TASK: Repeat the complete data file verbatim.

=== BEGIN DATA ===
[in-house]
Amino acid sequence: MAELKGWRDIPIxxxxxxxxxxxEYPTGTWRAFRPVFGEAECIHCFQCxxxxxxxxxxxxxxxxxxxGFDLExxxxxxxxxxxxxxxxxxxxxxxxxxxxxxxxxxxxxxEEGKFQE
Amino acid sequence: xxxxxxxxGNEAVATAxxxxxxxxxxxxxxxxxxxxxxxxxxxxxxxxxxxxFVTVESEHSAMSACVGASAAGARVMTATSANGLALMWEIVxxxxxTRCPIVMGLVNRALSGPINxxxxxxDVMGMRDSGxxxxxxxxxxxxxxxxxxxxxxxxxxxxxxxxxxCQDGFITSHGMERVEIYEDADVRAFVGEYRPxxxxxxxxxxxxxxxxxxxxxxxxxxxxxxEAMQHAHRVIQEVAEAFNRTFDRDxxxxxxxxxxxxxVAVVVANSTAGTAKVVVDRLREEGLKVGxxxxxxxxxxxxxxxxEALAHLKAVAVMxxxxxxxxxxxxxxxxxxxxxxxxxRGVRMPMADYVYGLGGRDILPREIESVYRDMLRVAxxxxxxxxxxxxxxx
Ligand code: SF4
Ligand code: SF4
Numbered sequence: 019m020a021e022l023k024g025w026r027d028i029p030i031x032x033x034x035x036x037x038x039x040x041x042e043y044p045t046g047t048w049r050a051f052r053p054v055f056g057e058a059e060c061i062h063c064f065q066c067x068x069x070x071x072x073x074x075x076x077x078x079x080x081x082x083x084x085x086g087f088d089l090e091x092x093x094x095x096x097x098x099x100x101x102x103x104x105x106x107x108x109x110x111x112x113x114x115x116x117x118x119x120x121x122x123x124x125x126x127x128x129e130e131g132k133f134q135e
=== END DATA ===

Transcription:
[in-house]
Amino acid sequence: MAELKGWRDIPIxxxxxxxxxxxEYPTGTWRAFRPVFGEAECIHCFQCxxxxxxxxxxxxxxxxxxxGFDLExxxxxxxxxxxxxxxxxxxxxxxxxxxxxxxxxxxxxxEEGKFQE
Amino acid sequence: xxxxxxxxGNEAVATAxxxxxxxxxxxxxxxxxxxxxxxxxxxxxxxxxxxxFVTVESEHSAMSACVGASAAGARVMTATSANGLALMWEIVxxxxxTRCPIVMGLVNRALSGPINxxxxxxDVMGMRDSGxxxxxxxxxxxxxxxxxxxxxxxxxxxxxxxxxxCQDGFITSHGMERVEIYEDADVRAFVGEYRPxxxxxxxxxxxxxxxxxxxxxxxxxxxxxxEAMQHAHRVIQEVAEAFNRTFDRDxxxxxxxxxxxxxVAVVVANSTAGTAKVVVDRLREEGLKVGxxxxxxxxxxxxxxxxEALAHLKAVAVMxxxxxxxxxxxxxxxxxxxxxxxxxRGVRMPMADYVYGLGGRDILPREIESVYRDMLRVAxxxxxxxxxxxxxxx
Ligand code: SF4
Ligand code: SF4
Numbered sequence: 019m020a021e022l023k024g025w026r027d028i029p030i031x032x033x034x035x036x037x038x039x040x041x042e043y044p045t046g047t048w049r050a051f052r053p054v055f056g057e058a059e060c061i062h063c064f065q066c067x068x069x070x071x072x073x074x075x076x077x078x079x080x081x082x083x084x085x086g087f088d089l090e091x092x093x094x095x096x097x098x099x100x101x102x103x104x105x106x107x108x109x110x111x112x113x114x115x116x117x118x119x120x121x122x123x124x125x126x127x128x129e130e131g132k133f134q135e